The Tally Stick

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LA Times Op-ed: The robots are coming for your jobs?

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The rise of the robots has been compared to a Fourth Industrial Revolution.  The sophistication of robotic technologies, new materials and breakthrough in Artificial Intelligence (AI) is making this a very serious subject.  Even a few decades ago this material was more for science fiction than grounded fact.  Currently the world seems to be having a great debate about immigration and its limits, along with discussion of fairness and national sovereignty.  This is a big issue with many players dug into entrenched positions.    If you take a second to look over the bluff you will see that what we should be discussing is how more automation, robots and A.I. will affect the employment landscape.  We are already having trouble employing the other 4 billion people on the planet under our current model.   It seems we may have conflicting systems of governance that are now reaching their limits without very public discussions being had to figure out how the world will look after these changes and if we are going to get to the outside without catastrophic disasters, what underlying assumptions are being made that the general public are unaware of?  Immigration is an important issue but it seems like robots offsetting employment in general will be an even bigger issue with more impact because automation and A.I. affect all ethnic and cultural groups universally.

On one hand we have our tradition of free-ish enterprise wrapped up with a republican democracy with the ideas of basic human rights, justice and liberty.   These seem great and would be a great fit for a society that defends the individual with the goal of generational improvements a overall a more educated and objective citizenry.   In practice in contemporary times, what we have is much more collective and centrally planned by nature, with more and more difference to groups, over-ceding the individual persons.    With increasing talk about guaranteed incomes to offset structural changes.   We also can not forget the deafening roar of climate change, resource constraints and population.   Something doesn’t seem to match up.

What I like to think about in these intellectual exercises is what each piece represents in the puzzle.   What do robots represent in this scenario, are they for the good or bad?  What are the goals we are using to even measure good or bad in this situation?  I personally am not a believer is technology improvements just for technology’s sake just like I am not always for productivity improvements for productivity’s sake.   You should looks at the broader picture and see how these changes will affect the people that bare these changes and if on a whole, be able to demonstrate that this is an improvement when weighing all things.  When I look at robotics and AI, it makes me wonder if this is a solution looking for a problem?

When I objectively look on one hand, we still have 4 billion people unemployed and on the other, we need to protect the environment and be much more conscious in our resource usage.    It seems if we are sincere in uplifting the World’s poorest from abject poverty, we need more jobs available, not less.  Robots and A.I. can easily be considered a labor-saving device, not a labor-demand-increasing one.  Conversely, if we are going to slow climate change and bring 4 billion people into modern civilization, maintaining our current consumption habits and giving them a guaranteed income will be counter-productive.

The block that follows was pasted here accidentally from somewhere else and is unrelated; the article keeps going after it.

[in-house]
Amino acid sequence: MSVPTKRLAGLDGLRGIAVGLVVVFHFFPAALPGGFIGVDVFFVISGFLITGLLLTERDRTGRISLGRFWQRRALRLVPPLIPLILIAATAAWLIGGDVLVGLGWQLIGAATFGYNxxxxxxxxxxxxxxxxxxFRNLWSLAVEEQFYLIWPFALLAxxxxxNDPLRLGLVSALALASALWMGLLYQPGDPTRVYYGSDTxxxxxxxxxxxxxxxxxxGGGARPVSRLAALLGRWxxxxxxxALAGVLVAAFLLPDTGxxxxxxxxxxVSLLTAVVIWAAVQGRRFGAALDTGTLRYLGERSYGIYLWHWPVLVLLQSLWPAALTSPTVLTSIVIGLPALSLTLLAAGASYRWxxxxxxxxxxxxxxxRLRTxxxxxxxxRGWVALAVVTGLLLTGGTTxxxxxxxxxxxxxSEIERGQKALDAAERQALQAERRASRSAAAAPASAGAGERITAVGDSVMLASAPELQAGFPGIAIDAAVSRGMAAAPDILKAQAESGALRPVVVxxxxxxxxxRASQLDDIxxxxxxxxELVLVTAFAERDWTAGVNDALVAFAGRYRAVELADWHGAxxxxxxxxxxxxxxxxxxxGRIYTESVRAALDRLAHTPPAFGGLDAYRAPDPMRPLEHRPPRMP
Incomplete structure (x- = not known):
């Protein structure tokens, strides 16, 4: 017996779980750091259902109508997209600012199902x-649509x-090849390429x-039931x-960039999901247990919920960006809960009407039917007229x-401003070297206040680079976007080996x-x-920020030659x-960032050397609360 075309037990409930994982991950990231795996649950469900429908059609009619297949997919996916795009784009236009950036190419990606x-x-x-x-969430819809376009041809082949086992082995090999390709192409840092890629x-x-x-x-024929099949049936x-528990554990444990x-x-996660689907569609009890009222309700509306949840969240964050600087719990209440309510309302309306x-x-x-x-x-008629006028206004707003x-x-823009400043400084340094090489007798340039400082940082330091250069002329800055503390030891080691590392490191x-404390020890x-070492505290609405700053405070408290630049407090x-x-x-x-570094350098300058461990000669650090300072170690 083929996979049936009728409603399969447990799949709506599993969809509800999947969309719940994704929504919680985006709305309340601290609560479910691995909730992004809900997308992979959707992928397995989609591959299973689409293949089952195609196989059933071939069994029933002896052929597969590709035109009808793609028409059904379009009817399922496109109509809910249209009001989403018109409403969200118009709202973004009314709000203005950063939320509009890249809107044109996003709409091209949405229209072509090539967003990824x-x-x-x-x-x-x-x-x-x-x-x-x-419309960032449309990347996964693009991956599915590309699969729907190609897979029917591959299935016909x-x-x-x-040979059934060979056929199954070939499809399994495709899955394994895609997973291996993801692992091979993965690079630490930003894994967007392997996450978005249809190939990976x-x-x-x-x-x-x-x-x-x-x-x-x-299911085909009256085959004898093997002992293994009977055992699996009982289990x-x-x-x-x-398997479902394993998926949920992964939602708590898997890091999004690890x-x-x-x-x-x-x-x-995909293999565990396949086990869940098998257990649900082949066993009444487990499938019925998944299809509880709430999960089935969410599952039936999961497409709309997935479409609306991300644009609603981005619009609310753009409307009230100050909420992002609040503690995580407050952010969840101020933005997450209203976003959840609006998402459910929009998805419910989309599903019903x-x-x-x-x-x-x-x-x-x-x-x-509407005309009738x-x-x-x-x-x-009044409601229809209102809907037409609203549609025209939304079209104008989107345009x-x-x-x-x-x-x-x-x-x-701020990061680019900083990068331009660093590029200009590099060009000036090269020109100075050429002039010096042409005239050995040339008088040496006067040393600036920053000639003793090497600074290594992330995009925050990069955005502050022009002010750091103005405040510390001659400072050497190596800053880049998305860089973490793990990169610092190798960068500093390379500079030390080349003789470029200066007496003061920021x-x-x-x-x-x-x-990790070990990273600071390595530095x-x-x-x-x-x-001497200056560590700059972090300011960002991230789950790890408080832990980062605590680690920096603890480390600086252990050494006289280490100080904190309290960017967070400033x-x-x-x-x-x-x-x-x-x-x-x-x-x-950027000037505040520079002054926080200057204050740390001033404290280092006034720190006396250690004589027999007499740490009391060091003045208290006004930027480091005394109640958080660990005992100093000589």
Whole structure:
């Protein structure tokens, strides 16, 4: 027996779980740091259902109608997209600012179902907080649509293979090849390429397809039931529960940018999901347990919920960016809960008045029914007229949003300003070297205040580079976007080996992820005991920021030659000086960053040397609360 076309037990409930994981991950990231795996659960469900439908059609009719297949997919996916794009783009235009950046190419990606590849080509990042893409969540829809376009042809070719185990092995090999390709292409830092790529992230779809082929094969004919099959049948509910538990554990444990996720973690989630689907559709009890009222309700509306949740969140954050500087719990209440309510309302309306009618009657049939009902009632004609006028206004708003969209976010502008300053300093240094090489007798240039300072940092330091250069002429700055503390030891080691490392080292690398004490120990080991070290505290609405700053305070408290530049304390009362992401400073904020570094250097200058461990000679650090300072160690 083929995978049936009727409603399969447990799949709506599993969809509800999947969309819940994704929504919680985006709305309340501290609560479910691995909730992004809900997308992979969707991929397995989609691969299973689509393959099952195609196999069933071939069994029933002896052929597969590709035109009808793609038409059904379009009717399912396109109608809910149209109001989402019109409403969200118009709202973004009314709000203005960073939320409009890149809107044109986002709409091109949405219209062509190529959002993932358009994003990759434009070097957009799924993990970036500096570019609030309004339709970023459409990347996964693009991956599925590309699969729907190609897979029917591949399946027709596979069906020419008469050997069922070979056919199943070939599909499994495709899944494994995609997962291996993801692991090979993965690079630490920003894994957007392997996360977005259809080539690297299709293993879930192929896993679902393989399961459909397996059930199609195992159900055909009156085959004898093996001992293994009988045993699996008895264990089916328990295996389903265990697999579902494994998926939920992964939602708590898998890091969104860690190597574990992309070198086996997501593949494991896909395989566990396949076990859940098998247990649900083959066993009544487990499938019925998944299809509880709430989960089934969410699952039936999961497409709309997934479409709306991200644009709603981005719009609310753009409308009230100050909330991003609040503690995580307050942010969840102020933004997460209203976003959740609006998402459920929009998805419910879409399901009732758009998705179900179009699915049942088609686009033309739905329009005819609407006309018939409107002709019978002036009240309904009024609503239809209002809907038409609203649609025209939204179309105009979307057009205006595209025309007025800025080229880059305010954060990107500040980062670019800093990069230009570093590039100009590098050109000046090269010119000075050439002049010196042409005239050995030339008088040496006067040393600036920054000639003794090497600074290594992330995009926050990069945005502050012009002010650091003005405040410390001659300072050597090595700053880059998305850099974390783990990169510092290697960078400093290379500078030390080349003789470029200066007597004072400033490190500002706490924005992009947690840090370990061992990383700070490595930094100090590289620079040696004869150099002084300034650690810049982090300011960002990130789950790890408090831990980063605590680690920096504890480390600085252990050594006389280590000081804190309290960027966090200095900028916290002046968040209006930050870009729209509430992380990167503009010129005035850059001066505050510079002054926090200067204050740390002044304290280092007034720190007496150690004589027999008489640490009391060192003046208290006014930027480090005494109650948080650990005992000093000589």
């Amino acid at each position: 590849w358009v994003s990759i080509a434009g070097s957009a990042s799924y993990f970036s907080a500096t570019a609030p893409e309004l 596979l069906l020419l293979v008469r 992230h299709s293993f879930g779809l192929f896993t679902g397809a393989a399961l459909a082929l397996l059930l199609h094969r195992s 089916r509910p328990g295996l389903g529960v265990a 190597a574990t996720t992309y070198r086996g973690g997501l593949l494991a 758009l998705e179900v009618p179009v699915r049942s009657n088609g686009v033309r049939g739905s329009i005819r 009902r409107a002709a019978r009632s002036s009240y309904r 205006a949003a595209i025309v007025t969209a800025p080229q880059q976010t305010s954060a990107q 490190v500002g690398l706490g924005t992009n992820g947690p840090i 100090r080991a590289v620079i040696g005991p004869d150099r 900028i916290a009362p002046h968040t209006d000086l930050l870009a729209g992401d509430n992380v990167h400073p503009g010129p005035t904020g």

When looking at it from this point of view, it makes me think there may be an unstated assumption for the future.   Will we be brought to this Utopia where work is eliminated for the most part because of our servantian robots and A.I.   A place where we have time for maximum leisure and finally we will have the time to work on the world’s great problems and mysteries?  7-9 billion people that have finally been able to throw off the shackles of labor?   Is all this high technology going to be democratized for the betterment of mankind?   I really hope so.   It worries me that we are throwing ourselves headfirst into this reality without really address these really big questions that it doesn’t seem to take more than a few hours of heavy thinking to see that we have some serious incompatibilities with desired outcomes and human nature.

{LA Times}:

A viral video released in February showed Boston Dynamics’ new bipedal robot, Atlas, performing human-like tasks: opening doors, tromping about in the snow, lifting and stacking boxes. Tech geeks cheered and Silicon Valley investors salivated at the potential end to human manual labor.

Shortly thereafter, White House economists released a forecast that calculated more precisely whom Atlas and other forms of automation are going to put out of work. Most occupations that pay less than $20 an hour are likely to be, in the words of the report, “automated into obsolescence.”

The so-called Fourth Industrial Revolution has found its first victims: blue-collar workers and the poor.
In other words, the so-called Fourth Industrial Revolution has found its first victims: blue-collar workers and the poor.

The general response in working America is disbelief or outright denial. A recent Pew Research Center survey found that 80% of Americans think their job will still exist in 50 years, and only 11% of today’s workers were worried about losing their job to automation. Some — like my former colleagues at the CIA – insist that their specialized skills and knowledge can’t be replaced by artificial intelligence. That is, until they see plans for autonomous drones that don’t require a human hand and automated imagery analysis that outperforms human eyes.

 

Written by Tally Stick

March 29th, 2016 at 12:50 pm